Rugby World Cup 2023 sets a legacy of harmony and growth


South Africa lifted the Webb Ellis Cup at a spectacular final presentation at Stade de France (Image Supplied)

Praneeta Mahajan
Hamilton, November 1, 2023

Rugby World Cup 2023 ended in style in Saint-Denis as South Africa won the final against New Zealand to lift the Webb Ellis Cup for the fourth time in their history.

An unusually unfancied New Zealand dazzled throughout the series, scoring a tournament-high 49 tries (19 more than any other side) and contributing to a dramatic final with a one-point defeat for New Zealand in their efforts to win a record fourth Rugby World Cup but once again the All Blacks lit up the game’s showpiece event.

In front of 80,000 fans in Stade de France and hundreds of millions more via broadcast and social media, the world of rugby united to crown the champions, concluding a remarkable Rugby World Cup.

All Blacks lit up the game’s showpiece event with their efforts (Image Supplied)

France hailed as the perfect host

World Rugby Chairman Sir Bill Beaumont hailed France as the greatest of hosts, inspiring the world to fall in love with the oval ball.

He said that Rugby World Cup 2023 will leave a legacy of harmony, growth and sustainable responsibility as it has set new standards on and off the pitch for the men’s showcase events leaving a bright legacy for future tournaments.

On every level, France was a resounding success, rising from the social and sporting turmoil of the pandemic to put smiles on the faces of fans across the host nation and around the world.

Over 51 glorious days, France welcomed the rugby family with open arms and the rugby family brought passion, colour and fun as every dramatic moment played out in full and vibrant stadia the length and breadth of the host nation.

Tournament of Firsts

In a tournament of firsts, Chile made their debut and Portugal sent a nation rugby crazy with their first-ever win. Fiji played their full part in what will be remembered as the greatest weekend of rugby ever, as the four quarter-finals went down to the wire.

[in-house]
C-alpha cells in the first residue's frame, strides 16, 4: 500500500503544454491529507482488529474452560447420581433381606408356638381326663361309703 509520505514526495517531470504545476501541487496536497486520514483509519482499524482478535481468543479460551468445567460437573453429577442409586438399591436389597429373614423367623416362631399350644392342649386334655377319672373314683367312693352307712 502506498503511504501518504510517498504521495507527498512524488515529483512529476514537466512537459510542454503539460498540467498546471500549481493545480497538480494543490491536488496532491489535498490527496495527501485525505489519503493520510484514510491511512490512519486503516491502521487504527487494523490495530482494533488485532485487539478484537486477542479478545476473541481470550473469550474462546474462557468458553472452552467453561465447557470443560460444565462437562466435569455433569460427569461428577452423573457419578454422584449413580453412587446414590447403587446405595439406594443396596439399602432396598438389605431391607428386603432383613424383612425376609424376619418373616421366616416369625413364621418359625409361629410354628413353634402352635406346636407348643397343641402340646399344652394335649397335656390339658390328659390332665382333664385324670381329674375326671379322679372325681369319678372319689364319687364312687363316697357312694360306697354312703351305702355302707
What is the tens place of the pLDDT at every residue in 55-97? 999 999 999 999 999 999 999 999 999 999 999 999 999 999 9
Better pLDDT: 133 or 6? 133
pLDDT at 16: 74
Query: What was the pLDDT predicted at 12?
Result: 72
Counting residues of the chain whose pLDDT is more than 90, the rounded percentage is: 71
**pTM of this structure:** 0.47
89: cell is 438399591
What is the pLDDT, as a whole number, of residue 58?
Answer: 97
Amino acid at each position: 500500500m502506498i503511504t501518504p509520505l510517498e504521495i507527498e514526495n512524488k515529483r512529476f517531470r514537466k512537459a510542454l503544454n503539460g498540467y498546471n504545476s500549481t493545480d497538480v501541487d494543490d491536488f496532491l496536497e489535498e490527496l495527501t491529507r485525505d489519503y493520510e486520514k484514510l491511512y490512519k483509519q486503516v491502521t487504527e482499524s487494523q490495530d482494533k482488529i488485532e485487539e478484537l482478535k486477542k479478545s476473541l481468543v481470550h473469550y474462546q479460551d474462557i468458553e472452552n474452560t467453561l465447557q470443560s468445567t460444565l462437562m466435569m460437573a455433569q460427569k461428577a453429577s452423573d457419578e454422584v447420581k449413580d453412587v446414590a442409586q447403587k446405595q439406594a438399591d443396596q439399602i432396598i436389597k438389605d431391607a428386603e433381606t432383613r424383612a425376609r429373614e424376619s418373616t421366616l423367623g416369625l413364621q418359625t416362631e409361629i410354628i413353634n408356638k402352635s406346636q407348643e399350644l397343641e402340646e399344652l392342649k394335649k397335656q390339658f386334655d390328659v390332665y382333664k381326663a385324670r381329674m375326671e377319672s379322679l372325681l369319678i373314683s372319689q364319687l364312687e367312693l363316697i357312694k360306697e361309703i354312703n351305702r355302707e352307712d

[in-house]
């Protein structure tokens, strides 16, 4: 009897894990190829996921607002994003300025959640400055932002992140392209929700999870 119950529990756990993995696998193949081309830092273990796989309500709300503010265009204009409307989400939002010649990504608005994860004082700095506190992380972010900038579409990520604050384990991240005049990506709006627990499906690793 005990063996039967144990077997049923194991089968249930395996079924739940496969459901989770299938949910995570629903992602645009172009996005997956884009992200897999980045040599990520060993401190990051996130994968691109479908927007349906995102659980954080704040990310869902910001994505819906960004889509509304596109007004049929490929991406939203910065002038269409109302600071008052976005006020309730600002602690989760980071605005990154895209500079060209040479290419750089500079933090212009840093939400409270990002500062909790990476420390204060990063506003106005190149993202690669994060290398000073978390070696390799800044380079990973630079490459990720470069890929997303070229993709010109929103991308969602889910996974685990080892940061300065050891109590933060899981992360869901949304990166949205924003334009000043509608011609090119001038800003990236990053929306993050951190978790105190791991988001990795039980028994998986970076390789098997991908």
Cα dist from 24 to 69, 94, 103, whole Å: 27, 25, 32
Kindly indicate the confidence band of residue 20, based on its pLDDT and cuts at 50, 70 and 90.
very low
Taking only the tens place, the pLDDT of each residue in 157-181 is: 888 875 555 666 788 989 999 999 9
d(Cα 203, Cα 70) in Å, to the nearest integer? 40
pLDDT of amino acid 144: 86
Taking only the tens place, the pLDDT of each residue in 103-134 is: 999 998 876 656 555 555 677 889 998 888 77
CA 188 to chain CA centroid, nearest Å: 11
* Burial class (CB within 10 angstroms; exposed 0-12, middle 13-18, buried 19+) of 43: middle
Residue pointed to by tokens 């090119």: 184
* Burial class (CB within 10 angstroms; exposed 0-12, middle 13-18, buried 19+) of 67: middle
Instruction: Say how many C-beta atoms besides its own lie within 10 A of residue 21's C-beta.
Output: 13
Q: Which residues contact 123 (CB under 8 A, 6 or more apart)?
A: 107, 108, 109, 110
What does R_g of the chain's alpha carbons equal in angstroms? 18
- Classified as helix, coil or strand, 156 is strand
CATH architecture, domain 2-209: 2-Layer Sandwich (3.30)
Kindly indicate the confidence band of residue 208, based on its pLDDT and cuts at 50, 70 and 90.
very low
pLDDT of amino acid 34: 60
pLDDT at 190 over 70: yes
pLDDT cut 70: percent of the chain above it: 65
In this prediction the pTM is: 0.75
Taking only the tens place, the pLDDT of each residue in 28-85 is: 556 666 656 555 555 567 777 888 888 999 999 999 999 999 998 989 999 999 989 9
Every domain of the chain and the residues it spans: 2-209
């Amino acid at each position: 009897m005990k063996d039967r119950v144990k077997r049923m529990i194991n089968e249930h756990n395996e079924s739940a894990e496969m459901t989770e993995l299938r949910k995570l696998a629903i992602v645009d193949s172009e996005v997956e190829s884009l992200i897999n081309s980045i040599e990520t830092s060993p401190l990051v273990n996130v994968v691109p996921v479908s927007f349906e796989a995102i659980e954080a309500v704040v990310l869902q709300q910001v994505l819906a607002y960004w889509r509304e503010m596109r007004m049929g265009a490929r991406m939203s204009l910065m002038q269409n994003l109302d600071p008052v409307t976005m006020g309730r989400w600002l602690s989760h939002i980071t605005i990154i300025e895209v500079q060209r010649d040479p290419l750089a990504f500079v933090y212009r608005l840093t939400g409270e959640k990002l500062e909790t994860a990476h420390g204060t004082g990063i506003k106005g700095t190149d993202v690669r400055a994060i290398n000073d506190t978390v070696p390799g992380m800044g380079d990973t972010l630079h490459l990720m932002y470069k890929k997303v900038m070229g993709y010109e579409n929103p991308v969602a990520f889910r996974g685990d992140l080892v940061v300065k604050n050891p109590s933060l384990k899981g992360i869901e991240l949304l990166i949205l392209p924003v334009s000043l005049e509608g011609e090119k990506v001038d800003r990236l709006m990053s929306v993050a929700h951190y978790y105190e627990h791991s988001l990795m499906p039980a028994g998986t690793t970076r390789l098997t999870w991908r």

Away from the field, Rugby World Cup 2023 set new standards as an event with a positive impact, connecting participating teams with community activities, raising awareness for LGBTQ+ rights, launching new player welfare innovations and seeing more than 80% of all team movements undertaken by train or bus, a first for Rugby World Cup.

Rugby World Cup 2023 in Numbers (INL Image)

Raising the Bar

It was off the pitch that France 2023 raised the bar with an ambitious and innovative CSR programme showing the positive impact a Rugby World Cup can have on society. Some of the highlights include the amount of €1 million raised for Rugby au Coeur, the tournament’s official charity and endowment fund financing sport for development programmes.

Around 1,400 apprentices were trained in the sectors of event management, security and tourism, notably to help the development of French community rugby clubs, while 60 community engagements were delivered by the participants including 28 open training sessions.

World Rugby Chairman Sir Bill Beaumont said, “France 2023 was our greatest celebration of togetherness and a fitting 200th birthday party for our sport. We witnessed compelling action throughout, full stadia and vibrant, engaged host cities. On every level, it smashed records and broke boundaries, but above all, it showcased the best of Rugby, the best of friendship and the best of France.”

He further said, “Congratulations to World Champions South Africa, silver medallists New Zealand, bronze medallists England, and to all the teams who captivated and inspired. I would also like to extend special congratulations to the teams behind the teams, our excellent match officials, the welcoming volunteers, wonderful fans from around the world, and of course, the French public who embraced our tournament, and passed it on to Australia enhanced.”

A world-class sporting event

France 2023 Chairman Jacques Rivoal said, “The France 2023 Organising Committee set itself the objective of delivering the greatest Rugby World Cup ever. Together with World Rugby, and through the excellent work that was done by the France 2023 teams, volunteers, sponsors, host cities and the French government, we have delivered a world-class sporting event, allowing players and fans to experience rugby’s pinnacle in a wonderful atmosphere of celebration.”

“Finally, we must thank the fans. Hundreds of thousands of international supporters travelled to France to celebrate with millions of French people, creating memories that will last a lifetime. This celebration of togetherness is theirs, and how this Rugby World Cup will be remembered in years to come.”

Praneeta Mahajan is an Indian Newslink reporter based in Hamilton.

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